Nine campaigns that found the holy grail of advertising awesomeness

Sometime in the not too distant past, as researchers around the world proved unanimously that highly creative content is much more likely to drive greater commercial success, the argument over whether advertising should strive first to be ‘creative’ or ‘effective’ was replaced with a simple ambition to be both. 

Today it’s clients as much as creatives who aspire to do the most creative work that in turn leads to the most outstanding commercial results. And the holy grail for client and agency partnerships has increasingly become to win a gold Lion and a gold Effie with the same campaign.

Putting aside nerdy squabbles about which award shows are best, a Cannes Lion generally represents the global standard of creative excellence, and an Effie the same for effectiveness. Both are programmes that attract entries from every market and provide genuine rigour and objectivity in their judging processes.

As the case for creativity would suggest, ‘creative and effective’ campaigns are common. The larger Cannes Lion winning campaigns almost always show up at the Effies (alas, rarely do clients invest in the expensive measurement metrics required to compile an Effie paper in the case of their smaller campaigns, and often it’s these smaller campaigns that win creative awards, thus the illusion of a preponderance of creatively awarded yet ineffective campaigns).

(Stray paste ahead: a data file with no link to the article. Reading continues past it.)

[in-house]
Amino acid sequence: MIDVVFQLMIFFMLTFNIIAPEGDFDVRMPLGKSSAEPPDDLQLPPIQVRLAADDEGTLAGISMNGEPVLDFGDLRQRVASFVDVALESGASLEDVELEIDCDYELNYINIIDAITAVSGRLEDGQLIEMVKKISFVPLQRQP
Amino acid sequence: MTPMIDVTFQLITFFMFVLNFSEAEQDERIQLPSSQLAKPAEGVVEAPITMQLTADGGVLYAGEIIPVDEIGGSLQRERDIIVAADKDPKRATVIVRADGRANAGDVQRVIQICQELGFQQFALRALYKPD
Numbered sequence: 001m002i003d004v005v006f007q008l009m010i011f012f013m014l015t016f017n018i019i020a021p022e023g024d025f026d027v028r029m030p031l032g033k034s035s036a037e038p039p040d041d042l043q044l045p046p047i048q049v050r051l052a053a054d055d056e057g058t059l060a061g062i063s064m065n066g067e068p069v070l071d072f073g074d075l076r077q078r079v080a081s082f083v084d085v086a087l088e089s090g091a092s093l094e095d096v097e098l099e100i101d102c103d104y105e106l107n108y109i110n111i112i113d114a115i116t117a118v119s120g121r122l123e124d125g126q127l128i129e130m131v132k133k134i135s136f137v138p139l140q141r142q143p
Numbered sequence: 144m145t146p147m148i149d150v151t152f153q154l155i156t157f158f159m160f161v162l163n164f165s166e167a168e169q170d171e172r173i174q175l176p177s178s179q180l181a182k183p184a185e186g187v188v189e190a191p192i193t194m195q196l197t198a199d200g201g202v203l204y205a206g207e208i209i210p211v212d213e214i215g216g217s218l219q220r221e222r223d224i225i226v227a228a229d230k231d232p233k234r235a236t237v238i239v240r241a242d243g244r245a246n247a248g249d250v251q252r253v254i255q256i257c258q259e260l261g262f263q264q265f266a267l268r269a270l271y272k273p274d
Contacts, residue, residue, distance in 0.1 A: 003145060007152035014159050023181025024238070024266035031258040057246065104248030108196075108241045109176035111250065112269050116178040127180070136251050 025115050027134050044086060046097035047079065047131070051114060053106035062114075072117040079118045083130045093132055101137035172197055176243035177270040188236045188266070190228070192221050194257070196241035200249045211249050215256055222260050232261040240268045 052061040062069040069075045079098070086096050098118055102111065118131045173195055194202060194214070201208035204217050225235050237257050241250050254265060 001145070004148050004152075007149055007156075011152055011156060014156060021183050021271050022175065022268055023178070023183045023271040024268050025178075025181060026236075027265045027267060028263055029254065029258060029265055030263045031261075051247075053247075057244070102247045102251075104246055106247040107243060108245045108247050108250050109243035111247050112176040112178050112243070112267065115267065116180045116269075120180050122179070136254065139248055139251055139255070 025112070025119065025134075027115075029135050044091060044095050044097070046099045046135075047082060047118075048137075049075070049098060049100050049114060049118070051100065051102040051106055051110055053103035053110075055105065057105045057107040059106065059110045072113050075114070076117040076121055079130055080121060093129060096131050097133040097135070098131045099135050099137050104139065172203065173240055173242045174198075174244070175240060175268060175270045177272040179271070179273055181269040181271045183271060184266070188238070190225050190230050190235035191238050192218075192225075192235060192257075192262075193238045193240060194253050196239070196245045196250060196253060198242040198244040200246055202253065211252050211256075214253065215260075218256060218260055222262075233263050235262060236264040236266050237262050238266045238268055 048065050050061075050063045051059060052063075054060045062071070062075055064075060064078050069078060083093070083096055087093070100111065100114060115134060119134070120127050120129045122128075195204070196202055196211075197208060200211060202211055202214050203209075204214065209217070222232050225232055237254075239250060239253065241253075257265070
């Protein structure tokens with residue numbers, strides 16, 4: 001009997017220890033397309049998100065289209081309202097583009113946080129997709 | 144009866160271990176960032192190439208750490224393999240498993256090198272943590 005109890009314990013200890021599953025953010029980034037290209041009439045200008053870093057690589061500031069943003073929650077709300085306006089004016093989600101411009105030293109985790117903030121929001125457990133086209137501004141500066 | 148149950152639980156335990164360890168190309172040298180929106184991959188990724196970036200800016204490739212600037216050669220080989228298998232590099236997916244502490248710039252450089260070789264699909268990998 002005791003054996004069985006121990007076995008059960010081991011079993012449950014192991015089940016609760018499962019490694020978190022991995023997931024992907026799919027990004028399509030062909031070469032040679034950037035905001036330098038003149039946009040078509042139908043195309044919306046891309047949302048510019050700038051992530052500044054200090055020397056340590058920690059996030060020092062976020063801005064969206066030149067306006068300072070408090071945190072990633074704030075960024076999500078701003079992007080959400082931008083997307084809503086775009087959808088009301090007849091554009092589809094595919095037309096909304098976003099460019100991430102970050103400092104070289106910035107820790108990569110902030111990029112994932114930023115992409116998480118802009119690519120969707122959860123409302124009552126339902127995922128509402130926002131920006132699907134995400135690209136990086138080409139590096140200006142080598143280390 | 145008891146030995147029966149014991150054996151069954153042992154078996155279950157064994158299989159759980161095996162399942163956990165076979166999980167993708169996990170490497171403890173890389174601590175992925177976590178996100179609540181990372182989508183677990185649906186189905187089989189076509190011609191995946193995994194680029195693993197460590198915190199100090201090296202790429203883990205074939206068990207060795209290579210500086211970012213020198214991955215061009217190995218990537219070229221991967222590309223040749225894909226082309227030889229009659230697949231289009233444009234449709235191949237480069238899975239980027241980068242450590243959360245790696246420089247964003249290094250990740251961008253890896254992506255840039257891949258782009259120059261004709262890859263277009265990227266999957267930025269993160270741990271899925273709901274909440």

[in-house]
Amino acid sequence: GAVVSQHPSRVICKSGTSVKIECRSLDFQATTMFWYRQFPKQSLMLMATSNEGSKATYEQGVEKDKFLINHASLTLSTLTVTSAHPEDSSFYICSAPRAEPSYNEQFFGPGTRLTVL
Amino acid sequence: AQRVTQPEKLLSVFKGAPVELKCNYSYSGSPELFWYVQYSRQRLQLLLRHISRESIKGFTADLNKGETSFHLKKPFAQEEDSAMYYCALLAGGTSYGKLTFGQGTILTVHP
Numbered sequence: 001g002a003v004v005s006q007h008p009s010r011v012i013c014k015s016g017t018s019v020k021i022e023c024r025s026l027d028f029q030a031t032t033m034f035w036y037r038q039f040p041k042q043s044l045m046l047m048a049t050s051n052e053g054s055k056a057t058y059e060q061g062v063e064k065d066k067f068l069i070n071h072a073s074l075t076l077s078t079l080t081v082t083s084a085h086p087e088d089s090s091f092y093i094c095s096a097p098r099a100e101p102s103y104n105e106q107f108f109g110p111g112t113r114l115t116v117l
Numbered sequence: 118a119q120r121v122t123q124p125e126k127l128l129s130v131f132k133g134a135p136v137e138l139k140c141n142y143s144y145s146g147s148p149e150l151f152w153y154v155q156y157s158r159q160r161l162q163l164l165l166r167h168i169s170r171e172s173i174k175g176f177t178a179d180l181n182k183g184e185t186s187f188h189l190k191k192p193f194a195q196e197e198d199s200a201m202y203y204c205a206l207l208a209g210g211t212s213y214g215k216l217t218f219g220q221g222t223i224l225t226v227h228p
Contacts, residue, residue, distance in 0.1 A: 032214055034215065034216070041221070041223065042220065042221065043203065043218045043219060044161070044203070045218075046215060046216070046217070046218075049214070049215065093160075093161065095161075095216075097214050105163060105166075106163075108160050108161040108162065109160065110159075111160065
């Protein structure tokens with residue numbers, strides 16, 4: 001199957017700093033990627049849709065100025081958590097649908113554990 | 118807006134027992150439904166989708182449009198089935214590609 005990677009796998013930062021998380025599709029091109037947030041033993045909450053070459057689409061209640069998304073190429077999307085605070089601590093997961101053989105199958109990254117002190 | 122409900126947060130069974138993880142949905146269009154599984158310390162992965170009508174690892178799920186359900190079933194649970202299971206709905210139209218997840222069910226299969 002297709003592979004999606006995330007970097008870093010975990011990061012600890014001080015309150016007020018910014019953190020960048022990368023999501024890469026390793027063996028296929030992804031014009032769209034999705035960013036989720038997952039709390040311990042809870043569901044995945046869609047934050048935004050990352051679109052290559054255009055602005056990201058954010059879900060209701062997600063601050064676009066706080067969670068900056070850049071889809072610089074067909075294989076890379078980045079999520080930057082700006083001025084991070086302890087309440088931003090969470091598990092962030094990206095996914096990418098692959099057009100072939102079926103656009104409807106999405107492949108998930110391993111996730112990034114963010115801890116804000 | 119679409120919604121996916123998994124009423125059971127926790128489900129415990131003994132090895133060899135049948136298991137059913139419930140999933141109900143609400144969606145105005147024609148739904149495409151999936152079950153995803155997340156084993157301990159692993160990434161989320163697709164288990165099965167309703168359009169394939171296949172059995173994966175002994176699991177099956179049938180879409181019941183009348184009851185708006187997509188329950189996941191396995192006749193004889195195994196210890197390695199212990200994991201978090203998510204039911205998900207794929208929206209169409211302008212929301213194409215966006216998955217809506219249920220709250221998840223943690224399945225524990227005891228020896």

However, going all the way and winning a gold award at either Cannes or the Effies is bloody difficult. Of the hundreds of thousands of campaigns produced around the world this year past, 141 were creative enough to win a Gold Lion and 300 were effective enough to win a Gold Effie. These winners represent the tiniest fraction of a percentage point of our industry’s work.

And winning both—taking home a Gold Lion and a Gold Effie for the same campaign—is a delicious rarity. A high water mark of human achievement in creative communications, and the kind of work we’d all love to be able to stake our names to.

Nine campaigns joined this exclusive club in 2012*, and the thing that stands out most is what a remarkably broad creative canvas these campaigns represent. Funny TV, clever promotions, brilliant social media, emotive social marketing, huge integrated ideas and killer innovations. There is little in the way of consistency in style. If anything, it’s gratifying evidence that communications creativity in all its forms can be super-effective. 

The one theme, of course, is that these are all cases for creativity. Persuasive appeals to drive outstanding commercial success by producing work that’s highly original, hugely engaging and brilliantly executed. To do things that consumers and the media find fascinating enough to talk about. And most of all, to quote Faris Yakob from his recent commentary in Millward Brown’s 2012 Effie Report, to “be awesome”. Because “in a world driven by sharing, if it doesn’t spread it’s dead, and awesomeness, the emotion of awe, is what drives the most spread.”